I will probably always cringe when the story is told of those who surrendered the most and worked even against their own tendencies to carry out Prabhupada’s desires. I have to be careful never to offend them. I should regard them as superior and never be envious of “the managers,” the leaders, the GBC.
One question submitted to me for tomorrow is, “Should we listen to the opinions of others?” It is a challenge. We are often not sure who to listen to. Just because someone is an official authority doesn’t mean they are the most expert or compassionate or that they have the time to give us considered advice. (How much violence has been done by hasty advice?)
My gut reaction is to beware of others’ opinions. Srila Prabhupada said that too. He was convinced that he was following the order of his spiritual master even though he received little support from others. He was constantly being criticized by someone—a sadhu, a Godbrother, the government. Prabhupada was an example of what Americans call a “rugged individual.” But he also stressed that in ISKCON, we should be submissive to the guru and his representatives.
Ultimately, we each have to work this one out for ourselves. Everyone should have someone who can advise them. And even then, we still have to pray. Only the guru gives us direct orders.
“As bell metal is turned to gold when mixed with mercury in an alchemical process, so one who is properly trained and initiated by a bona fide spiritual master immediately becomes a brahmana.” (Hari-bhakti-vilasa, quoted in Cc. Madhya 15.108)
It was a great, historical event: the first brahminical initiation to be held in the International Society for Krsna Consciousness. The date: May 1968. The place: a humble, one-room storefront which was the temple and headquarters of ISKCON Boston. Srila Prabhupada’s sudden announcement that he would hold second initiations for his first-initiated disciples came as a complete surprise to all of us. Many years later it still seems startling, and many people continue to question us about it. How can Westerners become brahmanas? What is a brahmana, anyway? Can Westerners be considered bona fide brahmanas by the brahmanas of India? These and similar questions are all answered by this verse composed five hundred years ago by Sanatana Gosvami in Hari-bhakti-vilasa.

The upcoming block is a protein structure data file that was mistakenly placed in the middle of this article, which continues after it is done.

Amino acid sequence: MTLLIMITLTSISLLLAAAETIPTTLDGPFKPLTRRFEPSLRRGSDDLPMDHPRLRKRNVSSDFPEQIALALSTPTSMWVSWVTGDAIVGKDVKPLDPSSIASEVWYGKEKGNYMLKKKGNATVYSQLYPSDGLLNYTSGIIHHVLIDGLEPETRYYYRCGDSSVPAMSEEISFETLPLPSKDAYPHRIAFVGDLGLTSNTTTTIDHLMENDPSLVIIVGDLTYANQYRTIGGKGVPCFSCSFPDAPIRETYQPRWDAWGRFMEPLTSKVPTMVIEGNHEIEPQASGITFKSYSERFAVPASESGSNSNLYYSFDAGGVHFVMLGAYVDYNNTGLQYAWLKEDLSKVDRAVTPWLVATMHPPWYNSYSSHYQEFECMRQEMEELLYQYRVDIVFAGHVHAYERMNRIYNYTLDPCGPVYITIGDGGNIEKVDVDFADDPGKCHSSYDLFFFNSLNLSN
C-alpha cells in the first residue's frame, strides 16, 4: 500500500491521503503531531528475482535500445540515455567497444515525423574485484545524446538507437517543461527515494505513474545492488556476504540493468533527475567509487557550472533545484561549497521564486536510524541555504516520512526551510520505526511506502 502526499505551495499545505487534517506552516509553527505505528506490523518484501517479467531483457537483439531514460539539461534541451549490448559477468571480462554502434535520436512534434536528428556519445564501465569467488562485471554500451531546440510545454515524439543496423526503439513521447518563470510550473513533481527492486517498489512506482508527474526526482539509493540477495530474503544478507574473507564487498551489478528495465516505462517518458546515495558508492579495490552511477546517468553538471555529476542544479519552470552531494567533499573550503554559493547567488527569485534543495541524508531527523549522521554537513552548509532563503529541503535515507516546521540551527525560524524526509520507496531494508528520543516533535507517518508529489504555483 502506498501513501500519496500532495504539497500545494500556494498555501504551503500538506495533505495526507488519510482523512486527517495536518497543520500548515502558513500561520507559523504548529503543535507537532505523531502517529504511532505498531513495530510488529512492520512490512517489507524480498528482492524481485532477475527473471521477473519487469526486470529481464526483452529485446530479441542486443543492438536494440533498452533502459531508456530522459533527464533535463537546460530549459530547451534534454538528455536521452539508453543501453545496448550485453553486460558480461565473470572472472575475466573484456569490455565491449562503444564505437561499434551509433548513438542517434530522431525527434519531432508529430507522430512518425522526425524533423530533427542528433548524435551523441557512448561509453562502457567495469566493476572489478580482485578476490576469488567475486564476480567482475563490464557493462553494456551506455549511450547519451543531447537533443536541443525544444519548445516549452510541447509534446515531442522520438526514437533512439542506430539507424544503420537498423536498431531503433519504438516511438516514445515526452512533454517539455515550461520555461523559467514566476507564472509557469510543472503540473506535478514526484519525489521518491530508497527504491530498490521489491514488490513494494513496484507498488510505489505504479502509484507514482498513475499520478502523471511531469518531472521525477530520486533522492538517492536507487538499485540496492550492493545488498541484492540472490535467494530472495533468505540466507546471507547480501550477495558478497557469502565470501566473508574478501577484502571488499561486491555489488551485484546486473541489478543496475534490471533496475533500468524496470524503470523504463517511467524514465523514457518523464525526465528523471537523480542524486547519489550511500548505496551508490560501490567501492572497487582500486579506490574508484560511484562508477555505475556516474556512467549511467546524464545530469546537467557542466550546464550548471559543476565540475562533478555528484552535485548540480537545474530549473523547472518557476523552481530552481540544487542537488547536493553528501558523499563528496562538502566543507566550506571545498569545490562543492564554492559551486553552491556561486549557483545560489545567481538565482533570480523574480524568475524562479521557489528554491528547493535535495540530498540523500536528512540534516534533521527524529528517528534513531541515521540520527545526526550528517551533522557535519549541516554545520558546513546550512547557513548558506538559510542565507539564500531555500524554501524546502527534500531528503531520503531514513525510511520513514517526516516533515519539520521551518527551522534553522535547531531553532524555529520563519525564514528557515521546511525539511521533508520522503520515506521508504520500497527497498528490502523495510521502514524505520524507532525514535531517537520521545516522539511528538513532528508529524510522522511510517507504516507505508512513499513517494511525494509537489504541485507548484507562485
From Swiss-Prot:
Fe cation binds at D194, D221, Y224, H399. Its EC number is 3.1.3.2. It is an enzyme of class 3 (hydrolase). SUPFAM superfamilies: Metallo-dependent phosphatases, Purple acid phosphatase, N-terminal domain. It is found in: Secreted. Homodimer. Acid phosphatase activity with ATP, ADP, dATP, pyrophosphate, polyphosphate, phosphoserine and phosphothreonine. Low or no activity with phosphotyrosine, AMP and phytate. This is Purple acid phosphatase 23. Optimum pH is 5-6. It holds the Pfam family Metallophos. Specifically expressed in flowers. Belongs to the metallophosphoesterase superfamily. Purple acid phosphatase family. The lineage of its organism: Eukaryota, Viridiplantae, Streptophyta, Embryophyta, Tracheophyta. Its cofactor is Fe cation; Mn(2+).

That first brahmana initiation in Boston was for men only. Pradyumna dasa, Gaurasundara dasa, and I sat wearing our dhotis, but bare chested, around a crudely arranged fire yajna in the small storefront. There were no more than twenty onlookers, including the women devotees of the temple, and Mr. Matthews, a specially invited guest from Harvard University who was a graduate student in Hindu and Sanskrit studies. But because everything had happened so suddenly, none of the devotees from either the New York or Montreal temples, the two nearest ISKCON centers, were in attendance. I personally felt very proud that such an important, first-time event was occurring as a “Boston-only” exclusive, and I imagined how Brahmananda and the other New York devotees must have been envying our fledgling center.
Srila Prabhupada required that a devotee be initiated by hari-nama initiation for one year in order to receive second initiation. That meant we each had to be strictly observing the four prohibitions and chanting sixteen rounds, and Prabhupada had to accept us as a reliable devotee. We knew, of course, that there was a difference between those who claimed to be brahmanas by birth, as in the caste system of India, and the bona fide brahmanas like Narada Muni and others who were great Vaisnavas. We were also aware that basically we knew nothing and had no qualifications, and yet if Srila Prabhupada wanted to initiate us as brahmacaris, as grhasthas, as first initiates or second initiates or whatever, his decision was absolute and in tune with the will of Krsna.